Australian Embassy in United Kingdom
The Strand, London WC2B 4LA
(Corner of the Aldwych and the Strand. Nearest Tube station: Temple)
Tel +44 (020) 7379 4334
Fax +44 (020) 7240 5333
The Department of Foreign Affairs & Trade website has advice for travellers.
Great Britain / The European Union
The United Kingdom consists of Great Britain, which covers England, Wales and Scotland, and Northern Ireland. The United Kingdom belongs to the European Union, along with the twenty-seven other countries that have joined the European Union (EU) since its inception in 1958 as the European Commission. The United Kingdom joined in 1973.
England is on GMT time meaning that it is 10 hours behind Australia. During Daylight Saving Britian is 11 hours behind Australia. Begins: Last Sunday in March at 1.00am Ends: Lat Sunday, in October at 1.00am. To obtain the current local time and date in cities and countries in all time zones.
Voltages and Plugs
Great Britain use 240 volts (50Hz). Plugs have three flat prongs in a T shape.
To obtain the most up-to-date exchange rate you may wish to visit
Although the United Kigdom is a member of the European Union, it is not part of the EURO-zone and therefore at present retains its local currency, the Great British Pound (GBP), often represented by the symbol £. 1 Pound = 100 Pence. Coins are in denominations of 1, 2, 5, 10, 20, 50 Pence and 1 and 2 Pounds. Notes are in denominations of 5, 10, 20 and 50 Pounds.
Credit Card and ATM machines
ATMs are the easiest way to access your money. They are common in all tourist towns and cities. Most accept Visa, MasterCard, Electron, Cirrus, Maestro and InterBank cards. ATMs sometimes run dry on weekends in smaller towns.
Please note that using a credit card in a growing number of foreign countries usually requires a new “chip-and-pin” credit card with an embedded microchip and an associated PIN number (the PIN is specific to each credit card). If you have questions about using your credit card in a foreign country, please contact your bank prior to departure from Australia. Check with your credit card company for details of merchant acceptability and other services which may be available.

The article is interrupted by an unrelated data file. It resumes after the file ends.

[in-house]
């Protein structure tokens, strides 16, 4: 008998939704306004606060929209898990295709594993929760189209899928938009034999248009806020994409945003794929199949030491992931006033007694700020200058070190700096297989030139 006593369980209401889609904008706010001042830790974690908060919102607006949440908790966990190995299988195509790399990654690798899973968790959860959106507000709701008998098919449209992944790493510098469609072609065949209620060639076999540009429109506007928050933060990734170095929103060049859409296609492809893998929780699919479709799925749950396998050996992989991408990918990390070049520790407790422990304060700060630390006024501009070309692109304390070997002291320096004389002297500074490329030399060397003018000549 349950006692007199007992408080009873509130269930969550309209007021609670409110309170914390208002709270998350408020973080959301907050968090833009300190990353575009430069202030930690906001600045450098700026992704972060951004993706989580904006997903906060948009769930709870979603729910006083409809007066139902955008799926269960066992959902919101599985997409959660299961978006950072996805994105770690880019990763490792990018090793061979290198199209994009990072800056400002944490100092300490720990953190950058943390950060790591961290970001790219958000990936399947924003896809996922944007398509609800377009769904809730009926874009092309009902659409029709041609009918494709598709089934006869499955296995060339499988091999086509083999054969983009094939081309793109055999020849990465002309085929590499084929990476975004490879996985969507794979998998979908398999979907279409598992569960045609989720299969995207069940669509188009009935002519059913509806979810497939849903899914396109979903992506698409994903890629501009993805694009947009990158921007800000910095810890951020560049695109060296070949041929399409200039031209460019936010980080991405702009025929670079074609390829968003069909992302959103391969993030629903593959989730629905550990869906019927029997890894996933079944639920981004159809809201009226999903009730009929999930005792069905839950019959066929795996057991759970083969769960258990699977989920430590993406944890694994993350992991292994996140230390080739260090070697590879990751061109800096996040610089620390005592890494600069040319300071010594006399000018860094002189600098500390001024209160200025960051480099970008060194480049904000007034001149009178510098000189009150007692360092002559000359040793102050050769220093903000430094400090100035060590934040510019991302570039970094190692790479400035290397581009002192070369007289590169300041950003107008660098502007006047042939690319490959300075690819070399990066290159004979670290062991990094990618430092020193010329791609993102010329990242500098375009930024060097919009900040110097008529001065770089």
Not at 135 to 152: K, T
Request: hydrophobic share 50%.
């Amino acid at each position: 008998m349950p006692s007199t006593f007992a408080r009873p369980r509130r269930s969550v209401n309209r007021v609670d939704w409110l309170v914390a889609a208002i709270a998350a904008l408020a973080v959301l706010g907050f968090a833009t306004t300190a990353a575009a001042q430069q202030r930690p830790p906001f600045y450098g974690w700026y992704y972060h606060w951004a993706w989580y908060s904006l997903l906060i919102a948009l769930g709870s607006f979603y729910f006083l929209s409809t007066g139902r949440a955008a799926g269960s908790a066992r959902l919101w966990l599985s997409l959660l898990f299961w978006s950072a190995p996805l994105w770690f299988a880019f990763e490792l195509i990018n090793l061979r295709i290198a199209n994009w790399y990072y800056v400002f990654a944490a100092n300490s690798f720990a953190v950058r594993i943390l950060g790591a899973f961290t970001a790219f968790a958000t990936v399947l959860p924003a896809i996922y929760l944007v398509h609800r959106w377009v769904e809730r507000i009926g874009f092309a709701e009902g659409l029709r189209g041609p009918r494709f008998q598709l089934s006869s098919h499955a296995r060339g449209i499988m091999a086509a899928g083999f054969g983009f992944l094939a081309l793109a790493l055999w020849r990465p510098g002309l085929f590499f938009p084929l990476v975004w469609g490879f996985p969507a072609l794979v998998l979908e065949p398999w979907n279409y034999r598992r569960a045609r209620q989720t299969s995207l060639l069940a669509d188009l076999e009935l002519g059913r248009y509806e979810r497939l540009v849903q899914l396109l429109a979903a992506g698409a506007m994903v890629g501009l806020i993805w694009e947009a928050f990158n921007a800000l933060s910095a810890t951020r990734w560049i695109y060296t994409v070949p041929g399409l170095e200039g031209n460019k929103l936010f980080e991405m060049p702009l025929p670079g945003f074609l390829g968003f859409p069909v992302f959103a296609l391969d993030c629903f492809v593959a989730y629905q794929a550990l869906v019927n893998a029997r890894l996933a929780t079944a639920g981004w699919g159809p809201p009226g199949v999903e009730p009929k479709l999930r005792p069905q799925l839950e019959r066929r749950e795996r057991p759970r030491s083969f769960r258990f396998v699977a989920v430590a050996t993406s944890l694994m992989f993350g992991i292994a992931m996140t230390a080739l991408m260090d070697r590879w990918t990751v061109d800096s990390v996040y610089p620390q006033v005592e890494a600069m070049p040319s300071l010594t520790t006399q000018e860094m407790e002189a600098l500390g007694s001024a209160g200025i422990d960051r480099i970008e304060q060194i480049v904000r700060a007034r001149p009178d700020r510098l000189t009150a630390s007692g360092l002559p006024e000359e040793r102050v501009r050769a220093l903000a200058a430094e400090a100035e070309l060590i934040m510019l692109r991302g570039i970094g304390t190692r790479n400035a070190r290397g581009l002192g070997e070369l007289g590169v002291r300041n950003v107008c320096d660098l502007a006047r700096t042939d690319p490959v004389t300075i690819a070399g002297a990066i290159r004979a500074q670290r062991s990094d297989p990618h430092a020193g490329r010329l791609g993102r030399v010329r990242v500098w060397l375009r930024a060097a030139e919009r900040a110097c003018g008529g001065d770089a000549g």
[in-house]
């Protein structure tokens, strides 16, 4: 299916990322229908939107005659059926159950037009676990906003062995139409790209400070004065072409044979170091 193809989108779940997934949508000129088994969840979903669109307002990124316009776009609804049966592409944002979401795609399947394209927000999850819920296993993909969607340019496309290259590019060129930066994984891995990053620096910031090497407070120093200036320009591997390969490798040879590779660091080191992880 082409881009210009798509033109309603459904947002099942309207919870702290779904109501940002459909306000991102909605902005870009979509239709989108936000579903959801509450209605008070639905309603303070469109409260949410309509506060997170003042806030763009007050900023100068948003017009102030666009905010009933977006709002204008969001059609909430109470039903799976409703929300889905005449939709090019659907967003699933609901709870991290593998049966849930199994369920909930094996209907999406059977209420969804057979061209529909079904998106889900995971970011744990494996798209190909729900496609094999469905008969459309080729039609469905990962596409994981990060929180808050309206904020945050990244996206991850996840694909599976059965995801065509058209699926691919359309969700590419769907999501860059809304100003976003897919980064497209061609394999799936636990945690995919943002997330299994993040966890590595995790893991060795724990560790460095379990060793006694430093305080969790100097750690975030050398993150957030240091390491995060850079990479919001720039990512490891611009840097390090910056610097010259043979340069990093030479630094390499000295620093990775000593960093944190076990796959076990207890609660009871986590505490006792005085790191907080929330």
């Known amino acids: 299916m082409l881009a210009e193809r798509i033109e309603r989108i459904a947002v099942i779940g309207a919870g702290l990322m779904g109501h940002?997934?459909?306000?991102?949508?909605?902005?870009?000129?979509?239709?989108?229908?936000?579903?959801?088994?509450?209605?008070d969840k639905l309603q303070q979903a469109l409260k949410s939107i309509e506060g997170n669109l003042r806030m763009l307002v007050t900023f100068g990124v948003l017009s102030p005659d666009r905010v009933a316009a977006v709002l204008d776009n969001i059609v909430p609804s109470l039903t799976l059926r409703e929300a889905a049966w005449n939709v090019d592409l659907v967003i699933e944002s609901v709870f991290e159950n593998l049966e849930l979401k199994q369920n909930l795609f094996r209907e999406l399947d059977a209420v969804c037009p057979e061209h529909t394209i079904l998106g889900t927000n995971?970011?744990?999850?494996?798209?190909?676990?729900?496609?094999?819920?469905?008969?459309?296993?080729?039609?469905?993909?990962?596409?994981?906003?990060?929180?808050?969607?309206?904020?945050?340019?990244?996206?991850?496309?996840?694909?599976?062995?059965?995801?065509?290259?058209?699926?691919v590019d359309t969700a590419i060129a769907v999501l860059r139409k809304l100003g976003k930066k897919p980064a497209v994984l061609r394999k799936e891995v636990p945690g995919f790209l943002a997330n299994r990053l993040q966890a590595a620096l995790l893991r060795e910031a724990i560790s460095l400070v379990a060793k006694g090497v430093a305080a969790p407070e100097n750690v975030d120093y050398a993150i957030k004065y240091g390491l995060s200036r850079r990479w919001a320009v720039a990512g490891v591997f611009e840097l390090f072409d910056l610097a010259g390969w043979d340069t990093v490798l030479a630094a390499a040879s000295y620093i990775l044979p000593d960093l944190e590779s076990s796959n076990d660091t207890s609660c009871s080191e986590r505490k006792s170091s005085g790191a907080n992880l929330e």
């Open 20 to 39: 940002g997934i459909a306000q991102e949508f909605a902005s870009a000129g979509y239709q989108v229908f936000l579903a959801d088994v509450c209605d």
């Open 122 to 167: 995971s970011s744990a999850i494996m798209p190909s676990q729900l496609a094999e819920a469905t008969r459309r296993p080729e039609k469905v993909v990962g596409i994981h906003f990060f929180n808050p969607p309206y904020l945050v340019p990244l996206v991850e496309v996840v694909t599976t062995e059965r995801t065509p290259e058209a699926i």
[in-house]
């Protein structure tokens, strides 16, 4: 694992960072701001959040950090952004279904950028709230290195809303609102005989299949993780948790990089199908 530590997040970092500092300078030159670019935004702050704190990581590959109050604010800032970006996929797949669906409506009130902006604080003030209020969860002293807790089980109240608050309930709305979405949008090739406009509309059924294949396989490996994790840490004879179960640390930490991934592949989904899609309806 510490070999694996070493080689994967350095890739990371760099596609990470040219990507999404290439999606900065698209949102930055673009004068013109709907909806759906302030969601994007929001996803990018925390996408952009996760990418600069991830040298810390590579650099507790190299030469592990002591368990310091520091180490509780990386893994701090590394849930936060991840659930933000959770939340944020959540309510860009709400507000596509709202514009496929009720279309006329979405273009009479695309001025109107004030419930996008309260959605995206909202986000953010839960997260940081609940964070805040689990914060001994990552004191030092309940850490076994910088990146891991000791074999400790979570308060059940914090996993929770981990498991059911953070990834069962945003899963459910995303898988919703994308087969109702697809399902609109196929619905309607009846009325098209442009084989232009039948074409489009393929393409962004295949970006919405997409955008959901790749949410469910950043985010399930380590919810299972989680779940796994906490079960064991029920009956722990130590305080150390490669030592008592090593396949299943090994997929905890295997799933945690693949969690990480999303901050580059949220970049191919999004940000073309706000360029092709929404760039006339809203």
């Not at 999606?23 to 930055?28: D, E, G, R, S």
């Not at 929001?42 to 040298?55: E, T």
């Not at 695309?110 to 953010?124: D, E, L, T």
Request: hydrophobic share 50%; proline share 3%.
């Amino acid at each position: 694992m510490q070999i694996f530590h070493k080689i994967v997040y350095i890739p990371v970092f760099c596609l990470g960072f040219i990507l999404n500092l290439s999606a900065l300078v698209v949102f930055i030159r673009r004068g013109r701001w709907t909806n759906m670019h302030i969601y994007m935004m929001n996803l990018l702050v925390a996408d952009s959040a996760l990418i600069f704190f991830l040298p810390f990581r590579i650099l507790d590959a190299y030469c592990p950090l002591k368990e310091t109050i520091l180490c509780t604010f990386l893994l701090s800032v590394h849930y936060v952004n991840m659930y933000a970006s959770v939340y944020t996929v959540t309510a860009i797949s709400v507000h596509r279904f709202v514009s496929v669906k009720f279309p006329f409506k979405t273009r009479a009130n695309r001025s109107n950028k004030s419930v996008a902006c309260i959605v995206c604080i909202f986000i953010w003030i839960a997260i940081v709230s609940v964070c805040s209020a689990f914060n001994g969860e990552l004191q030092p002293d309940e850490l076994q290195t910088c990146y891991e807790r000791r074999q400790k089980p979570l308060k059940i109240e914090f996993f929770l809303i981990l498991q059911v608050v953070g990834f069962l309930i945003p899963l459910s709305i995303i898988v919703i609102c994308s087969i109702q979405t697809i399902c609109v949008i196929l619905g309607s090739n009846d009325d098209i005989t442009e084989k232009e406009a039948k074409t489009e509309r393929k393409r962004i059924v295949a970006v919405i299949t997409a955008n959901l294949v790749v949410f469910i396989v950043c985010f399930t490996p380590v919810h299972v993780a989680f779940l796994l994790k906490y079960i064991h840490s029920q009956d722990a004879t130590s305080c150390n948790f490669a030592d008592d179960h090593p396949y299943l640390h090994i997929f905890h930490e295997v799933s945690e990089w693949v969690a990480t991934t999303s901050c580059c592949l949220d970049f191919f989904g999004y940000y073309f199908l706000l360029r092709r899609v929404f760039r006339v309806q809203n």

Currency can be exchanged at banks, exchange bureaux and larger hotels, though you may get a better exchange rate at the ATMs.
Travelers Cheques are NO longer accepted.
Telephone & Communication
Most mobile telephones work in Great Britain and coverage is excellent. Check with your local provider that your phone can switch on ‘Global Roaming’ and that your provider has coverage in the places you are visiting. Mobile phones can be very useful for SMSing (especially if you get lost!). International calls are often expensive, as is checking your message bank as calls have to be routed through Australia.
Should you choose to purchase a local sim card please check with your local provide prior to departure to make sure your phone is unlocked and will accept another sim card.
Internet access is widespread and available throughout Great Britain. Many hotels and cafes now offer access, some you need to pay while others have free Wi-fi zones.
If you have Web access while traveling, you might consider a broadband-based telephone service (in technical terms, Voice over Internet Protocol, or VoIP) such as Skype or Vonage, which allows you to make free international calls between online computers and phones, and cheap international calls if you’re calling a normal phone number. Most cybercafes throughout the country will be using these programs already, complete with headset, microphone, and webcam.
Business Hours in Great Britain
Shops 10.00–18.30* Monday–Saturday, 11.00–17.00* Sunday. *Larger shopping areas and centers may stay open later, sometimes up to 22.00, especially in busy periods.
Banks 09.00–17.00 Monday–Friday, 09.00–12.30 Saturday (limited branches)
Post Offices 09.00–17.00 Monday–Friday, 09.00–12.30 Saturday (main offices only).
Shopping & VAT